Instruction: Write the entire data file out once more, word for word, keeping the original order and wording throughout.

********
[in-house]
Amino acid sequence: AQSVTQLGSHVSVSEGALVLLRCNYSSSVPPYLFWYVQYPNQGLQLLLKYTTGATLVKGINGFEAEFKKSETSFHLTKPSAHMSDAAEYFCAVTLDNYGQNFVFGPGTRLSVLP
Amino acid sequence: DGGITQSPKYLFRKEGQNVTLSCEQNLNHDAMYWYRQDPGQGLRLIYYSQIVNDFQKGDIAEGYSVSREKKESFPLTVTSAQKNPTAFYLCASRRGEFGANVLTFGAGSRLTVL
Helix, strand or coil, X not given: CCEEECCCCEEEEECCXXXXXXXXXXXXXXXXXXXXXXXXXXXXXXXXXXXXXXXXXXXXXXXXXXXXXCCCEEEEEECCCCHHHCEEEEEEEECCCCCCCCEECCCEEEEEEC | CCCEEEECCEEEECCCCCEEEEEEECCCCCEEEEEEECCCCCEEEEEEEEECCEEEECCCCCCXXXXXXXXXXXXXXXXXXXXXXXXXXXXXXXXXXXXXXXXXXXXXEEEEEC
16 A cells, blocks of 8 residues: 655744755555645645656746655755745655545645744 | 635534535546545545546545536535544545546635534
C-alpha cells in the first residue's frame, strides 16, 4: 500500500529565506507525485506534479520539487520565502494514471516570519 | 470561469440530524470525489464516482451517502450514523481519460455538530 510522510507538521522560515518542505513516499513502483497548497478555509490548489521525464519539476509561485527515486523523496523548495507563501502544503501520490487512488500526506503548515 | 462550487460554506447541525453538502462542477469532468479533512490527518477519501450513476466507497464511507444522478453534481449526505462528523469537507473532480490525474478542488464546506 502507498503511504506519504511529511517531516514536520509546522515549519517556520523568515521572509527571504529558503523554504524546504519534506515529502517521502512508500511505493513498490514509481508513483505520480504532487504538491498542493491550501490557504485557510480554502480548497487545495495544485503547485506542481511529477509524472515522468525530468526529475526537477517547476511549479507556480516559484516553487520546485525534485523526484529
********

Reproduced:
[in-house]
Amino acid sequence: AQSVTQLGSHVSVSEGALVLLRCNYSSSVPPYLFWYVQYPNQGLQLLLKYTTGATLVKGINGFEAEFKKSETSFHLTKPSAHMSDAAEYFCAVTLDNYGQNFVFGPGTRLSVLP
Amino acid sequence: DGGITQSPKYLFRKEGQNVTLSCEQNLNHDAMYWYRQDPGQGLRLIYYSQIVNDFQKGDIAEGYSVSREKKESFPLTVTSAQKNPTAFYLCASRRGEFGANVLTFGAGSRLTVL
Helix, strand or coil, X not given: CCEEECCCCEEEEECCXXXXXXXXXXXXXXXXXXXXXXXXXXXXXXXXXXXXXXXXXXXXXXXXXXXXXCCCEEEEEECCCCHHHCEEEEEEEECCCCCCCCEECCCEEEEEEC | CCCEEEECCEEEECCCCCEEEEEEECCCCCEEEEEEECCCCCEEEEEEEEECCEEEECCCCCCXXXXXXXXXXXXXXXXXXXXXXXXXXXXXXXXXXXXXXXXXXXXXEEEEEC
16 A cells, blocks of 8 residues: 655744755555645645656746655755745655545645744 | 635534535546545545546545536535544545546635534
C-alpha cells in the first residue's frame, strides 16, 4: 500500500529565506507525485506534479520539487520565502494514471516570519 | 470561469440530524470525489464516482451517502450514523481519460455538530 510522510507538521522560515518542505513516499513502483497548497478555509490548489521525464519539476509561485527515486523523496523548495507563501502544503501520490487512488500526506503548515 | 462550487460554506447541525453538502462542477469532468479533512490527518477519501450513476466507497464511507444522478453534481449526505462528523469537507473532480490525474478542488464546506 502507498503511504506519504511529511517531516514536520509546522515549519517556520523568515521572509527571504529558503523554504524546504519534506515529502517521502512508500511505493513498490514509481508513483505520480504532487504538491498542493491550501490557504485557510480554502480548497487545495495544485503547485506542481511529477509524472515522468525530468526529475526537477517547476511549479507556480516559484516553487520546485525534485523526484529